Lismore Women's Health and Resource Centre manager Mary Willis with Reclaim the Night co-ordinator Tracey Devine, councillor Christine Henry and administrator Diane Latta who are worried the event may be called off due to cost. Photo Marc Stapelberg / The Northern Star
Lismore Women's Health and Resource Centre manager Mary Willis with Reclaim the Night co-ordinator Tracey Devine, councillor Christine Henry and administrator Diane Latta who are worried the event may be called off due to cost. Photo Marc Stapelberg / The Northern Star Marc Stapelberg

Why Lismore women can't march to Reclaim the Night

SINCE 1988, Northern Rivers women have taken to the streets of Lismore CBD to join the global Reclaim The Night movement - to march against sexual violence and celebrate the freedom of walking together without the threat or fear of violence.

However, tomorrow, for the first time in the event's history, there will be no march. Organisers simply cannot afford the increasing traffic control costs now associated with public street marches.

Rather, there will be a Reclaim The Night event with speakers, stalls, and kids activities at Lismore City Hall. An event committee member from the Lismore Women Health and Resource Centre said organisers were 'deeply distressed' that women could no longer march, and feared the event would lose numbers.

"Now more than ever we need the numbers. We believe the fact that we can no longer afford to march is taking away more of our (women's) civil rights,” she said.

"Reclaim the Night is a conciousness and awareness raising campaign. It needs to be seen,” she said.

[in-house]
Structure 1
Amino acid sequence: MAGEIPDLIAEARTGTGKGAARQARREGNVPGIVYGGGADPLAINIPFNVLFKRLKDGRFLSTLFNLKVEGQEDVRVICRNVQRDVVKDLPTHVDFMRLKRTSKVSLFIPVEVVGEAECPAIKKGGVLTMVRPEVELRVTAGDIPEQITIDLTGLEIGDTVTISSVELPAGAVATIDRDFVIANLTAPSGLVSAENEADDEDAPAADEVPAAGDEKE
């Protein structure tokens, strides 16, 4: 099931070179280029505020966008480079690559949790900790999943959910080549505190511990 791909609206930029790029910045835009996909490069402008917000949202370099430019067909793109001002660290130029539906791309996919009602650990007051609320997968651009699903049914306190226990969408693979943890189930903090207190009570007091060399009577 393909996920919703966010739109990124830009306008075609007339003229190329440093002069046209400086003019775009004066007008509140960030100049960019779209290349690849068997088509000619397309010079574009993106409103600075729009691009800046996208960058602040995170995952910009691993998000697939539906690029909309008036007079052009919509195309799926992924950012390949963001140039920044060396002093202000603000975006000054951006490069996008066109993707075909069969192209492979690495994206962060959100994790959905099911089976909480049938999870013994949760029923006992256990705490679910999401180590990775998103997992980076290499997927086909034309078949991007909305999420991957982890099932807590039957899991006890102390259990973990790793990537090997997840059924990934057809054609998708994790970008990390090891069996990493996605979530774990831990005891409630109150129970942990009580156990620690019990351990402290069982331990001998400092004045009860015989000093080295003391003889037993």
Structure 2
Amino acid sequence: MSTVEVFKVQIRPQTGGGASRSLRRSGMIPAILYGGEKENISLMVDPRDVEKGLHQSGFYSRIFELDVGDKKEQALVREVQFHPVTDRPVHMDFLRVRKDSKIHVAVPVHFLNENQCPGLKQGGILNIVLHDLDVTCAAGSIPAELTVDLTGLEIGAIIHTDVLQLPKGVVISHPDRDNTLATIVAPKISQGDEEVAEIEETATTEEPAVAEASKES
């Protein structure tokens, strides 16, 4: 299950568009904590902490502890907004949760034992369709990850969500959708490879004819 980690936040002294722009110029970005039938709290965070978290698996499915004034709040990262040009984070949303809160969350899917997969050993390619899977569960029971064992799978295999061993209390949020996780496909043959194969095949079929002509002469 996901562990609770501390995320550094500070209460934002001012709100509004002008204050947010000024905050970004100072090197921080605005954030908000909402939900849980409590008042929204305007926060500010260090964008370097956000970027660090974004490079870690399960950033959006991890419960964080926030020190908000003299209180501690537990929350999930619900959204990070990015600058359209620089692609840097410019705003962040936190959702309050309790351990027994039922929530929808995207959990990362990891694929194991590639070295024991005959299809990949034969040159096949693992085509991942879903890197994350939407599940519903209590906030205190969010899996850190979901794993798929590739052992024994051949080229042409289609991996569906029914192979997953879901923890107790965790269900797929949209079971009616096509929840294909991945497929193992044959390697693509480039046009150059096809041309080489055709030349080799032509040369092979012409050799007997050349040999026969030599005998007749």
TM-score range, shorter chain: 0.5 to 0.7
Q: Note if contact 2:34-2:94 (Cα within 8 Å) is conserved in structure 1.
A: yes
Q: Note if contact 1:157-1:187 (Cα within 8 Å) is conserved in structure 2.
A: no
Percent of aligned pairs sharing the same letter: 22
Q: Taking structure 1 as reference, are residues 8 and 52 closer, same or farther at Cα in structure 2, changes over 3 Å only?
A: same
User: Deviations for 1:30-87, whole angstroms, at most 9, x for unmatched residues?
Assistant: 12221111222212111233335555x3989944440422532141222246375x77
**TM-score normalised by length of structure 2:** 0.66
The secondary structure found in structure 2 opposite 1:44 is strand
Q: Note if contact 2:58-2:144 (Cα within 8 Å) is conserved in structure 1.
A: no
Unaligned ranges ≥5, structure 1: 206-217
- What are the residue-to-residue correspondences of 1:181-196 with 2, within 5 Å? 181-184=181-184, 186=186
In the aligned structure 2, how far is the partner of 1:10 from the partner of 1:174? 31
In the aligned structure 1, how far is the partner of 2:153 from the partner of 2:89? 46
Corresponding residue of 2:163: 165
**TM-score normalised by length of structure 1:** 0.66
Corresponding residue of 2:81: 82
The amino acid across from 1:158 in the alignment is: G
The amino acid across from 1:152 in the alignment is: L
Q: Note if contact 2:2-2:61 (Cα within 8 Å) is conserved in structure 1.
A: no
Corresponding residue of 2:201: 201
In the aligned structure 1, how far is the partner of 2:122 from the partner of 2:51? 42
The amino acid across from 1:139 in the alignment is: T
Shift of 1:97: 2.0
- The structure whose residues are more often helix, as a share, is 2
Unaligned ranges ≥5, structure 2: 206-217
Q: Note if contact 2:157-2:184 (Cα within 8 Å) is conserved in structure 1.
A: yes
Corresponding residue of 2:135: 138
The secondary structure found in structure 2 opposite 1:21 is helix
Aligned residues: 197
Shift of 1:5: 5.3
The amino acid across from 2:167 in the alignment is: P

"But we can't justify the expense for traffic control when we need every cent for the Women's and Children Refuge.”

"The fact that the traffic control costs could not be waived only promotes hopelessness,” she said.

The event's organising committee, comprising of members of local women's services, met in July to discuss the fact that its $1000 budget would not cover ticketed traffic control workers required by Highway Patrol.

In order to ensure safety, any road march now requires three ticketed traffic controllers on every closed street boundary as well as staff at the beginning and at the end of the parade.

In the past, the march, which attracts over 200 people to the CBD, only required the assistance of Highway Patrol vehicles. Previously traffic control was done by volunteers who did not need a formal traffic control ticket.

Reclaim The Night Committee members commented on the irony of the dilemma -- that now more than ever there was a need to march the streets to ensure women were safe (from violence) on the streets, yet can't burden the costs associated with street safety.

In recent years, Lismore Reclaim the Night has encouraged men to participate.

Lismore was also one of the first rural areas in NSW to take part in the annual event. The first Reclaim the Night in Australia took place in 1978 and followed similar rallies which had been held in Europe and America.

With statistics showing that one in three women will be assaulted in their lifetime, the importance of this awareness raising event has not decreased over time.

Event details:

Reclaim the Night

Thursday, October 27, 4:30PM to 7:30PM

Lismore City Hall.



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